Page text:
Advocate for abolition of death penalty gives stirring talk at Guelph gathering
Faith must be lived and shared.
Spoken fervently and affectionately in a Louisianan twang, that was the alpha
and omega idea of a stirring presentation by renowned author and spiritual
guide Sister Helen Prejean Monday in the city.
Prejean is best known as the author of Dead Man Walking: An Eyewitness Account
of the Death Penalty in the United States, which became an Academy Award
winning film starring Sean Penn and Susan Sarandon in 1995. Prejean is a
leading American advocate for the abolition of the death penalty.
Prejean agreed to be the spiritual adviser to convicted killers Patrick Sonnier
and Robert Lee Willie in the 1980s — coming to realize that neither man was
“the sum total of the worst thing they had ever done,” but were instead capable
of faith, honesty and redemption. Both died on the electric chair.
Prejean said after witnessing Sonnier’s death in 1984 she first vomited, then
she resolved to fight for the abolition of the death penalty in the United
States. She has not relented from that commitment since.
Speaking to a gathering of hundreds of Wellington District Catholic School
Board teachers and staff members assembled for the annual Spiritual Development
Day, Prejean’s eloquent and moving stories of the death row inmates she
befriended, prayed with, and walked with to their deaths, garnered tears,
laughs, gasps, and a standing ovation.
Prejean, 73, is a nun, devoted to a life of spiritual service — a life of
living the example set by Jesus Christ. But for the first years of her life as
a nun, she freely admitted, she was asleep spiritually, unmoved by grace,
unmoved by the suffering of the poor and oppressed.
“I was not awake, and when you’re not awake, you’re not awake,” she said. We
cannot enlighten ourselves, she said. We must be graced with enlightenment.
A person of faith, she said, is in a constant state of self-questioning,
because faith is a moving, changing reality. And, she said jokingly, “God is
sneaky, sneaky, sneaky.” There is no telling when the spark of grace will
enter, or the path of service it will take you down.
“What more could I do? How can I go deeper? How could I be happier?” she said.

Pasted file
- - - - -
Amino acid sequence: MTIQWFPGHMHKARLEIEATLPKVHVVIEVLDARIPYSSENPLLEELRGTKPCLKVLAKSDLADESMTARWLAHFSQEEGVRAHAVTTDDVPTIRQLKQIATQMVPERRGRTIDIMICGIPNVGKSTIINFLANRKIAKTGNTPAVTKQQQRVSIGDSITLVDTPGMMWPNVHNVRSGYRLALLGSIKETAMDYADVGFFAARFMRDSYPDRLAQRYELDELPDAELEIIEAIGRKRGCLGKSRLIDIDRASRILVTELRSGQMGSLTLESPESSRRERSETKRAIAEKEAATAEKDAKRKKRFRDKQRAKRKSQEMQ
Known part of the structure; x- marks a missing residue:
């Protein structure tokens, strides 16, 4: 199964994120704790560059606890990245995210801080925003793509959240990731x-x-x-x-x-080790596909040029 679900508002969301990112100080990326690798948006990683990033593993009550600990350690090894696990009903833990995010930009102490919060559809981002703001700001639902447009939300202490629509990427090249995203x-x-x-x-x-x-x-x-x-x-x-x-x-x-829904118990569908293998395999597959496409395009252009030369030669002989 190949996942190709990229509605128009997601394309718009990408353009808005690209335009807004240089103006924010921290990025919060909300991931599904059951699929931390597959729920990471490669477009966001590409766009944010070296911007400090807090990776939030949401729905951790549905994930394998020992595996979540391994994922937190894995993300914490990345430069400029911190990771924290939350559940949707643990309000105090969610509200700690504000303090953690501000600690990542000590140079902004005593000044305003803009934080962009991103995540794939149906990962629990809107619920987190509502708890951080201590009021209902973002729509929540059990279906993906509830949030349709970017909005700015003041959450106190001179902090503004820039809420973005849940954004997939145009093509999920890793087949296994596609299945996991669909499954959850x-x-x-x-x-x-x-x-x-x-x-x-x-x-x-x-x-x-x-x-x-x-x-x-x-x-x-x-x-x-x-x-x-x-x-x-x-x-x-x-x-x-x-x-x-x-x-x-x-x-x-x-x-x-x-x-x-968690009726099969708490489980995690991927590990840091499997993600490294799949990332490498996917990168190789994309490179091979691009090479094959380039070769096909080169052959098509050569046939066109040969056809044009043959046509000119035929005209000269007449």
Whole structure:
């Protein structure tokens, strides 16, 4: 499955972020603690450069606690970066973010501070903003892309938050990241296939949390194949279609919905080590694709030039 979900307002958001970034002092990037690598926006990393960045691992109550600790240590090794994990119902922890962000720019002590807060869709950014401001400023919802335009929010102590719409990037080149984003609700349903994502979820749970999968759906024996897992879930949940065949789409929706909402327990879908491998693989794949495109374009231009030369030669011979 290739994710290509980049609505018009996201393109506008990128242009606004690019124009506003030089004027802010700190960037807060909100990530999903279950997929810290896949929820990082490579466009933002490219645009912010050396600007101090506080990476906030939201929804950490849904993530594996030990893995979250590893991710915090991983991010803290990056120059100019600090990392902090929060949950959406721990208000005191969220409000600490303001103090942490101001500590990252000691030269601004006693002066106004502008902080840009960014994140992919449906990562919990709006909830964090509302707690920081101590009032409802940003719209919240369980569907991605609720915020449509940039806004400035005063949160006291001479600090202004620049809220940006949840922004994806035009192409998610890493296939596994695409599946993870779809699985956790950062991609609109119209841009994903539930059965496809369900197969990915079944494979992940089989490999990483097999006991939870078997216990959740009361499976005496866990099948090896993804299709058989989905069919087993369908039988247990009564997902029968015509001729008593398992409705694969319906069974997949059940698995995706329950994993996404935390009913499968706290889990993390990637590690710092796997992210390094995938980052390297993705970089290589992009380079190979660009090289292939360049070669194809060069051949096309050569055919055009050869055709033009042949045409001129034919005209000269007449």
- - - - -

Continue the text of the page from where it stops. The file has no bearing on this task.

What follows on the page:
“There is all of this questioning of the spirit. Will I ever know Jesus, really
know Him and live the Gospel of Jesus before I die?”
These, she said, are the endless questions of a life of faith, and there is
great value in sharing this search, and these questions with others in our
faith communities, because all ask the same questions and all are together in
the same search.
“Search is just part of being human,” she said. “And when we come together in
groups like this, we blow on the coals of our faith and stir to flame, as St.
Paul says, the gift of God.”
In her early days as a nun, Prejean knew 3 chords on a guitar. She brought the
entire crowd to laughter when she mimicked her butchery of the Bob Dylan song
Blowing in the Wind. But that, she said, was as close as she came to the civil
She grew up in the south, where the segregation of blacks and whites was a
cultural phenomenon that few questioned. Culture is a very strong force in
people’s lives, she said.
When her faith was awakened, only then did she question the racism of the south
— only then did she truly see that 50 per cent of the population of Baton
Rouge, where she grew up, were poor people. And only then did she embrace
Christ’s urging that His followers must be “on the side of the poor.”
Inspired by a talk by a fellow nun, she suddenly woke up spiritually,
attributing her renewal of faith, and her resolve to serve the poor and
condemned wholeheartedly, to the infusion of grace that entered her heart when
it was open.
That moment grace changed the “spiritual trajectory” of her life. She was soon
steered into a challenging service as a friend to criminals condemned to death
— service that would test her faith and change her life. She became an
In America, and increasingly in Canada, Prejean said, we deal with our poor by
putting them in prison. North America’s “tough on crime” policies have been
particularly tough on the underprivileged and the young.
Such policies are not true to the gospels of Jesus, she indicated, but are
often justified with Old Testament teachings. Once during a radio talk show, a
caller challenged Prejean’s stance on capital punishment by quoting “an eye for
an eye” from the Hebrew Bible. She countered by saying the Old Testament also
calls for death by stoning for adultery. Did the caller want that enforced as
The idea of retribution, of getting even, runs deep in the human psyche, she
indicated. Jesus abrogated such practices and called for mercy and forgiveness
in their place. The death penalty would be abolished in the U.S. if the
teachings of Christ were truly followed. Instead “the Bible-belt is the
death-belt” in the southern states.
“There is a great need for Biblical literacy,” she said, pointing out that a
recent study showed that 10 per cent of Americans believe that Joan of Arc was
Don Drone, director of education for the Wellington District Catholic School
Board, said the power of Prejean’s presentation resided in the stories she told
and was rooted in her firsthand experience with death-row prisoners.
The themes of forgiveness and reconciliation, and how those related to the life
of Jesus, he said, where central subjects of discussion at Spiritual
Development Day. He found Prejean’s ideas about being courageous in faith
“As humans we have all experienced not stepping up when we should have,” Drone
said. “We try to do that by way of social justice, and obviously by talking to
students about doing the right thing.”
(source: Guelph Mercury)